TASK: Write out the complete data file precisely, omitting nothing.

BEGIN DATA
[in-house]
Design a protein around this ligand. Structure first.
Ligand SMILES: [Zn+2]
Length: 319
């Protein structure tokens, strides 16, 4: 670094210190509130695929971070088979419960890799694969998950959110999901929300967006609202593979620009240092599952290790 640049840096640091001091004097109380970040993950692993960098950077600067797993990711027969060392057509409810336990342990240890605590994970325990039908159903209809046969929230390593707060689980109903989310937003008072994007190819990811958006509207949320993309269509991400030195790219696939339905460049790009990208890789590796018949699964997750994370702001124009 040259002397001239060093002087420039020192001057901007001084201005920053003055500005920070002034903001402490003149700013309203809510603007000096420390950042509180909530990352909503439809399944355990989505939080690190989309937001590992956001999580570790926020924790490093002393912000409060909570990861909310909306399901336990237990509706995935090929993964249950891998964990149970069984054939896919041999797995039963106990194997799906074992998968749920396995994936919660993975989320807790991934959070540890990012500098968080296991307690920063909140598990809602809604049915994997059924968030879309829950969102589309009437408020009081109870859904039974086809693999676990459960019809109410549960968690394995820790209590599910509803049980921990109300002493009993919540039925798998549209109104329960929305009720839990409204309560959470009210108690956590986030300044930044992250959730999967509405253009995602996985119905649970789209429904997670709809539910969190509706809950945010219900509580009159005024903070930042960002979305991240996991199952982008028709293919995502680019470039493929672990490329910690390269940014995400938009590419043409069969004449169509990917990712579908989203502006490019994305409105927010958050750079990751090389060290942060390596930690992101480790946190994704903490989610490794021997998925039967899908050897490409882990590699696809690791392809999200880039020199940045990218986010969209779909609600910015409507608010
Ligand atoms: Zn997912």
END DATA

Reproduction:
[in-house]
Design a protein around this ligand. Structure first.
Ligand SMILES: [Zn+2]
Length: 319
């Protein structure tokens, strides 16, 4: 670094210190509130695929971070088979419960890799694969998950959110999901929300967006609202593979620009240092599952290790 640049840096640091001091004097109380970040993950692993960098950077600067797993990711027969060392057509409810336990342990240890605590994970325990039908159903209809046969929230390593707060689980109903989310937003008072994007190819990811958006509207949320993309269509991400030195790219696939339905460049790009990208890789590796018949699964997750994370702001124009 040259002397001239060093002087420039020192001057901007001084201005920053003055500005920070002034903001402490003149700013309203809510603007000096420390950042509180909530990352909503439809399944355990989505939080690190989309937001590992956001999580570790926020924790490093002393912000409060909570990861909310909306399901336990237990509706995935090929993964249950891998964990149970069984054939896919041999797995039963106990194997799906074992998968749920396995994936919660993975989320807790991934959070540890990012500098968080296991307690920063909140598990809602809604049915994997059924968030879309829950969102589309009437408020009081109870859904039974086809693999676990459960019809109410549960968690394995820790209590599910509803049980921990109300002493009993919540039925798998549209109104329960929305009720839990409204309560959470009210108690956590986030300044930044992250959730999967509405253009995602996985119905649970789209429904997670709809539910969190509706809950945010219900509580009159005024903070930042960002979305991240996991199952982008028709293919995502680019470039493929672990490329910690390269940014995400938009590419043409069969004449169509990917990712579908989203502006490019994305409105927010958050750079990751090389060290942060390596930690992101480790946190994704903490989610490794021997998925039967899908050897490409882990590699696809690791392809999200880039020199940045990218986010969209779909609600910015409507608010
Ligand atoms: Zn997912």